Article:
What have you (human) done for me lately?
Memory is an important aspect of cognition. It is involved in the collection, retention and use of information about an animal’s environment (Shettleworth 1998). Although numerous studies have focused on the importance of memory accuracy in various species (see Squire 1992, Sherry 2006 for review), relatively few and also more recently have explicitly examined the longevity of such memories.
Poecile atricapillus while storing food
A recent research published in Animal Cognition, shows first evidence that a parid species (the black-capped chickadee, Poecile atricapillus) can remember the location of a single food item for at least 6 months (Roth, 2011).
As Frans De Waal writes in his book ”The Age of Empathy”, just like human, some non-human animals seem to store favours in long-term memory.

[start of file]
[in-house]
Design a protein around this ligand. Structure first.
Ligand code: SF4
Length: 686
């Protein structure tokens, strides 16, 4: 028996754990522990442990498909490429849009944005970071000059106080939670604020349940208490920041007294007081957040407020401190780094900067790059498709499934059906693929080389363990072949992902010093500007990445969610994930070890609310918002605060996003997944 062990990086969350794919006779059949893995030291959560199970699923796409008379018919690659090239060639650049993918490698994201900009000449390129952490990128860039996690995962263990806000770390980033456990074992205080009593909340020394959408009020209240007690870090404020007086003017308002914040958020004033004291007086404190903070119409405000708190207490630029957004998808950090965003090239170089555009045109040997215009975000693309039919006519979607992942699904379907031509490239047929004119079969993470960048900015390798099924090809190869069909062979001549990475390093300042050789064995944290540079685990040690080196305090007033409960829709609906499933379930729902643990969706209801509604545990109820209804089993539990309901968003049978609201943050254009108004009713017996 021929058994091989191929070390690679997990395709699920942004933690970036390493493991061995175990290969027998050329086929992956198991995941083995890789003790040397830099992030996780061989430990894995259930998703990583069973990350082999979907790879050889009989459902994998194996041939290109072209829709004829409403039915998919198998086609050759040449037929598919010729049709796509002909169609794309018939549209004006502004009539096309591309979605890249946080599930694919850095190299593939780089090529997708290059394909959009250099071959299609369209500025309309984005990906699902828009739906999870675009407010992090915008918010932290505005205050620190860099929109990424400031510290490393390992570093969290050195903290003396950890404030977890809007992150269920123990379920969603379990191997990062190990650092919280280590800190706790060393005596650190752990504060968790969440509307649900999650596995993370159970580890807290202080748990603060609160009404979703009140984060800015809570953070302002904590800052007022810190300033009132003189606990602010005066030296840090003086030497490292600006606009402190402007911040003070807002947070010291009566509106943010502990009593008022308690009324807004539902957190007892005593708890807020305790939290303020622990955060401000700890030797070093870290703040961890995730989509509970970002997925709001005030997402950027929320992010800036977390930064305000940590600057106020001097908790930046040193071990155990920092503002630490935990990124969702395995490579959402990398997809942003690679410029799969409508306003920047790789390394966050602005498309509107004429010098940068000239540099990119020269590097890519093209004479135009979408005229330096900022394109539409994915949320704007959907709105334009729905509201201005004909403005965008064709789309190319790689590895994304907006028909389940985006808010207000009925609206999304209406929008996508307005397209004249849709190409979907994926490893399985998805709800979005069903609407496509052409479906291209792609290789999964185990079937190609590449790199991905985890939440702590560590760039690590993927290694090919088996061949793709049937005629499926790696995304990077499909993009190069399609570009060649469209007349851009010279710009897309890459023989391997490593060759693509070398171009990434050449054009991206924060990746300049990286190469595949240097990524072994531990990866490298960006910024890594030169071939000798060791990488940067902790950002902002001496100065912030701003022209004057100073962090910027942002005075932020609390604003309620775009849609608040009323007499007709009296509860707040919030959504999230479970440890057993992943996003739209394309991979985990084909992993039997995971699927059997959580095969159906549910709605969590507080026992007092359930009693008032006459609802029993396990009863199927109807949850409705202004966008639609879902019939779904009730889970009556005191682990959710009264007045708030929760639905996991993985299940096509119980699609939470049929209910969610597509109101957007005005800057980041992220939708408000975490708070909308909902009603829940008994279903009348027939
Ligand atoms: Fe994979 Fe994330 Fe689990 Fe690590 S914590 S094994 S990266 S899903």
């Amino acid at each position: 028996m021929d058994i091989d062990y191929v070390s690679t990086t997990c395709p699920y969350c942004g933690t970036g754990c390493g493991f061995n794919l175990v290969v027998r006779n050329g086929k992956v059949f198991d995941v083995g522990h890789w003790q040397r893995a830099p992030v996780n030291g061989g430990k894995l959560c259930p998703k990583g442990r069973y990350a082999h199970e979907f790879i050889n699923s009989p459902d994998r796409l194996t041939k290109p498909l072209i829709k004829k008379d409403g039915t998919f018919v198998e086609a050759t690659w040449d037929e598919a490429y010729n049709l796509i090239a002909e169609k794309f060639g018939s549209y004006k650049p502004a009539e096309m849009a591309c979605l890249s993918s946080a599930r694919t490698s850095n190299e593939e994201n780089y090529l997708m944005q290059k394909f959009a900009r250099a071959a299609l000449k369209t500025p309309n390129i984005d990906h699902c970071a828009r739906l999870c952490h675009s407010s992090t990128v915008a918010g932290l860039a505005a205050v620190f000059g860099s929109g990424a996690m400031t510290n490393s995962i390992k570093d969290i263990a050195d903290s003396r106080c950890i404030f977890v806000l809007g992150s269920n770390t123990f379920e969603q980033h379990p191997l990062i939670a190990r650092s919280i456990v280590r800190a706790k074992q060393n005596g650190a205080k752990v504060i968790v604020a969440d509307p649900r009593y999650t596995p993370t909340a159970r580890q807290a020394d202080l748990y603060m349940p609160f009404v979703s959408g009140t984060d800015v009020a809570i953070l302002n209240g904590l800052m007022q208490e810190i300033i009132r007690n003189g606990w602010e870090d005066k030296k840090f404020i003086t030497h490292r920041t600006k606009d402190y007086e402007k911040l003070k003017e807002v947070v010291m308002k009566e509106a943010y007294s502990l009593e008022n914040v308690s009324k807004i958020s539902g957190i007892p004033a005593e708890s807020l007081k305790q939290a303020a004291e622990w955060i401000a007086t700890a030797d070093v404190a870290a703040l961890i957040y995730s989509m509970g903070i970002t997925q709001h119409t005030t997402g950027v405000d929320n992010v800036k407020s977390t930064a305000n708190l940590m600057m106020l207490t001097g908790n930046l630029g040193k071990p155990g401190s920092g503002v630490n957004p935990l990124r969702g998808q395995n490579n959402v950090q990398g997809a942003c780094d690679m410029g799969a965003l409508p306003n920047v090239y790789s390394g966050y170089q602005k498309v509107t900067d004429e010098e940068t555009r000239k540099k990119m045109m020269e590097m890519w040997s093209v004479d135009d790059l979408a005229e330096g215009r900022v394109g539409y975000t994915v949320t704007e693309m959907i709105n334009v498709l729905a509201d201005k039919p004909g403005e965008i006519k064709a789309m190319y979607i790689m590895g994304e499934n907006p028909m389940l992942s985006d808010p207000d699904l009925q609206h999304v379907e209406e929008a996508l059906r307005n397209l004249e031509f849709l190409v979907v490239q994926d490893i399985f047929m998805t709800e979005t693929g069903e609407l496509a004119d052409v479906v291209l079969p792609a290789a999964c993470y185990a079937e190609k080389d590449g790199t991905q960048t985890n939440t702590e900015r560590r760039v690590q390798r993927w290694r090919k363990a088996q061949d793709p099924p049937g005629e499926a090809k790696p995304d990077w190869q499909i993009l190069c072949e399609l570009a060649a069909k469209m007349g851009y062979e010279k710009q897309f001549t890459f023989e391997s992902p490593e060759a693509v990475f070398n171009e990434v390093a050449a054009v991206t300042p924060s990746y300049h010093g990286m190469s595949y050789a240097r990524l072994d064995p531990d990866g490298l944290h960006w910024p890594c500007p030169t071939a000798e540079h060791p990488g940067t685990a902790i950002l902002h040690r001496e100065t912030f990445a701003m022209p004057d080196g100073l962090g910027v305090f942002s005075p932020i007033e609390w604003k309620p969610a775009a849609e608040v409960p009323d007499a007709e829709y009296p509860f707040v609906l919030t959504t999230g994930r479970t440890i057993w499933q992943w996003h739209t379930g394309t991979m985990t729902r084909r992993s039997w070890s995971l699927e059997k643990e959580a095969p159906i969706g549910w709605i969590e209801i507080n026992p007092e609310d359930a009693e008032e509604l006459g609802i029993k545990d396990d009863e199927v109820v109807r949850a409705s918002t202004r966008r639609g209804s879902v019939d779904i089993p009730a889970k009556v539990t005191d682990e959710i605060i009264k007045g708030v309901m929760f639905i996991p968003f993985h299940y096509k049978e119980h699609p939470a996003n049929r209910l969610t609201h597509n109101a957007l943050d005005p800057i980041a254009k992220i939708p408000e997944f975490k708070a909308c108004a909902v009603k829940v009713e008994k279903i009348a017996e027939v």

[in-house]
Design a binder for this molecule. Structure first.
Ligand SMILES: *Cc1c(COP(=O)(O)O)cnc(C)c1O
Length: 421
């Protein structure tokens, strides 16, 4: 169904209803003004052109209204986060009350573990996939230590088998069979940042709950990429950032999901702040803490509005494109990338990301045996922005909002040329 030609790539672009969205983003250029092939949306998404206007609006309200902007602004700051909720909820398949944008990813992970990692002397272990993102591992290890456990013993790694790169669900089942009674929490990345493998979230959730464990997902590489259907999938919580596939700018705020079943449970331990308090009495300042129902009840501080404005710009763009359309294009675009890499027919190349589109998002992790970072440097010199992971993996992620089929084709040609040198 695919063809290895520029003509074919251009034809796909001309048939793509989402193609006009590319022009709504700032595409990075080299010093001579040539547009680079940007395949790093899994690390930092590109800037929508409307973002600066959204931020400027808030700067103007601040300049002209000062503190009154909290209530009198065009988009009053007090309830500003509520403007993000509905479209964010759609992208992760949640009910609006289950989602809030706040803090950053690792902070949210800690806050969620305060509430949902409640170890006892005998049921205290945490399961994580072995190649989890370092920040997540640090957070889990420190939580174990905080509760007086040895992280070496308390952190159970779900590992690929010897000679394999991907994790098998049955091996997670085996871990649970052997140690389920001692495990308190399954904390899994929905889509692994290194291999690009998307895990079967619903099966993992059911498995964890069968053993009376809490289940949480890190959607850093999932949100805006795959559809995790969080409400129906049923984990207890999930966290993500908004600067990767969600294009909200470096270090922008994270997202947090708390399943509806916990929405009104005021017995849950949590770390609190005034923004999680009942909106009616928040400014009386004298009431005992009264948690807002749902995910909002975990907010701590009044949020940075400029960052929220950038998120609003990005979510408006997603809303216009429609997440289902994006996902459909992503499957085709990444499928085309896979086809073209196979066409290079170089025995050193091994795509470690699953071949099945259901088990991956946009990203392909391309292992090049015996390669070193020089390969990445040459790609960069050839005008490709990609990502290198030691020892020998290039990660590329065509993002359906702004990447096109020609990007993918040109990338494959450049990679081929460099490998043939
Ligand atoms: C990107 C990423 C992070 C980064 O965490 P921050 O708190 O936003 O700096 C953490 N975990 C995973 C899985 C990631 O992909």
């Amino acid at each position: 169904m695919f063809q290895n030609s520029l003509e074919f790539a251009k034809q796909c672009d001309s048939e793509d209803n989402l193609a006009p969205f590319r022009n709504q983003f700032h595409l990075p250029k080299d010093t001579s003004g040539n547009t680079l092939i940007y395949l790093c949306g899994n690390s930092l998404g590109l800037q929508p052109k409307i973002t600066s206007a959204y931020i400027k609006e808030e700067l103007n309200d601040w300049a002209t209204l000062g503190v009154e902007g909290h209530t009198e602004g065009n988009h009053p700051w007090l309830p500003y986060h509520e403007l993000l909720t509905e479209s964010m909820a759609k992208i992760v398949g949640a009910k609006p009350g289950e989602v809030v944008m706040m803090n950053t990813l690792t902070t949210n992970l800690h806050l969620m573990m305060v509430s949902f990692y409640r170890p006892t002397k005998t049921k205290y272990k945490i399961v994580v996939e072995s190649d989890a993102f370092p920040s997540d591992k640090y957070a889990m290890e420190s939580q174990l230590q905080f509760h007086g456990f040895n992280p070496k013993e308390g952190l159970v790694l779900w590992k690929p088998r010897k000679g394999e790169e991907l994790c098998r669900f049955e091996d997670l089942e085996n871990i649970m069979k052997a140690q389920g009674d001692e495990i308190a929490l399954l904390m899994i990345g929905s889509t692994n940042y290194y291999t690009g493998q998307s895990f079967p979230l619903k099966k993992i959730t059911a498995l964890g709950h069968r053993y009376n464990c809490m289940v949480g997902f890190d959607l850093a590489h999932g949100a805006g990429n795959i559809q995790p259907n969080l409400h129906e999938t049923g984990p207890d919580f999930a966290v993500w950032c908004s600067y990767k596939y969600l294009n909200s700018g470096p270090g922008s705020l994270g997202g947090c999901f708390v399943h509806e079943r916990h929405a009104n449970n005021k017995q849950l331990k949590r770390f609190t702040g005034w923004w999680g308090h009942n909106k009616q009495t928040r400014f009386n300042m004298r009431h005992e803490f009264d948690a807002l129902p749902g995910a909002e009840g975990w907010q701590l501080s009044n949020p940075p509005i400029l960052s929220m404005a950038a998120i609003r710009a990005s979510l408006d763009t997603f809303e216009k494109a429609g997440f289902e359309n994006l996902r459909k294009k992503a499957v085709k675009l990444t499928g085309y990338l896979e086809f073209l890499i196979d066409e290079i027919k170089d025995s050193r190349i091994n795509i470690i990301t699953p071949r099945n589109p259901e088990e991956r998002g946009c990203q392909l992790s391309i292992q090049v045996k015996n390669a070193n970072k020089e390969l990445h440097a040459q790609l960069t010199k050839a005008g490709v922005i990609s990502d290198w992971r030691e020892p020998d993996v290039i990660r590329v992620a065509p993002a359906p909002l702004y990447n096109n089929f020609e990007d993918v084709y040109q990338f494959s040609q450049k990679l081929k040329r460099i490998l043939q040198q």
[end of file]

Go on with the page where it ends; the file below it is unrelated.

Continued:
Another interesting aspect comes up when we look at the following example of long-term memory in relationship dynamics considering the re-integration of two elephants after 23 years.
Elephants long-term memory
“Elephants presumably remember their own kind even better. Carol Buckley recounts a case where two elephants, Shirley (~53) and Jenny (~30), were reunited at the Elephant Sanctuary after 23 years apart. The exuberant greeting the two elephants exhibited when they were reunited was the first indication that they had known one another before. Then Shirley began to display unusual mothering behavior: Whenever Jenny lay down Shirley would straddle her in a protective manner, shading her body from the sun and from harm, as if she were a calf. For the rest of Jenny’s life, their relationship was like one of mother-daughter. Carol learned that Jenny and Shirley had last been together in a circus when Jenny was a calf and Shirley was about 30 years old. Their relationship at the Elephant Sanctuary indicated that they clearly remembered one another and the special adult-calf relationship they had once shared.” http://www.elephantvoices.org